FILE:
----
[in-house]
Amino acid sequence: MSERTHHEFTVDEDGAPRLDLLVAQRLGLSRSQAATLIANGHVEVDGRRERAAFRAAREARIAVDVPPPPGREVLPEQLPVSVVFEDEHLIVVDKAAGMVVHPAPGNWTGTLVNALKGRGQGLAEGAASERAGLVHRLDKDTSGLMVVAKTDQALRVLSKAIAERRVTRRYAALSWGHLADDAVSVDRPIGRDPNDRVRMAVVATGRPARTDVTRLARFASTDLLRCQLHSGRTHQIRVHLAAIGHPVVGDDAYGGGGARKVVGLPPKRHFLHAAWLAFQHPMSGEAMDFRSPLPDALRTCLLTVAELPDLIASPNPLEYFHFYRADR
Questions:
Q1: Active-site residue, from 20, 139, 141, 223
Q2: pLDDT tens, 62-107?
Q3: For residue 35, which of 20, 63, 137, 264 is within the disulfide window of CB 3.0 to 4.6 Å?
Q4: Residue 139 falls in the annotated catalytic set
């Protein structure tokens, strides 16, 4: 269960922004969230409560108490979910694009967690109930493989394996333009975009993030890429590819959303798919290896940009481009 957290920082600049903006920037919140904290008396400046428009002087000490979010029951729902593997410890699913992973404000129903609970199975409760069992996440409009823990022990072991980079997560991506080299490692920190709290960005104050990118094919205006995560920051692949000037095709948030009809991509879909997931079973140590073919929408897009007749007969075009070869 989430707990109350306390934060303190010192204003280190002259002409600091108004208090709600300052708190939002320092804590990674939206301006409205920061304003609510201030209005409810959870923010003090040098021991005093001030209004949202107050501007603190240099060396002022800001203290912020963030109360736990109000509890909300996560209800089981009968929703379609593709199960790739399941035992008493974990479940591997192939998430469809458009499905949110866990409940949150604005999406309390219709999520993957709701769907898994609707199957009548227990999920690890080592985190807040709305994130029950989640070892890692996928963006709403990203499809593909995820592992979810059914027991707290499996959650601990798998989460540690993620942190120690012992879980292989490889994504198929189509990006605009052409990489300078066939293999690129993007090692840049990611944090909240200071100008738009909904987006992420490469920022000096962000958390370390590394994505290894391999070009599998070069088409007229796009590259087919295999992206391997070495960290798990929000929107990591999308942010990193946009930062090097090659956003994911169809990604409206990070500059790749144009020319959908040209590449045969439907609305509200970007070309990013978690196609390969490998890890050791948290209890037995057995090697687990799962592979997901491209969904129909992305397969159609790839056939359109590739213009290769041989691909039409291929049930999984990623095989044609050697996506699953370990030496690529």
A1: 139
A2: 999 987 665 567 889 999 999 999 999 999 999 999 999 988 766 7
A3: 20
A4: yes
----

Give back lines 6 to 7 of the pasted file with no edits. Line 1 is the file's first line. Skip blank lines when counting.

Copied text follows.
Q3: For residue 35, which of 20, 63, 137, 264 is within the disulfide window of CB 3.0 to 4.6 Å?
Q4: Residue 139 falls in the annotated catalytic set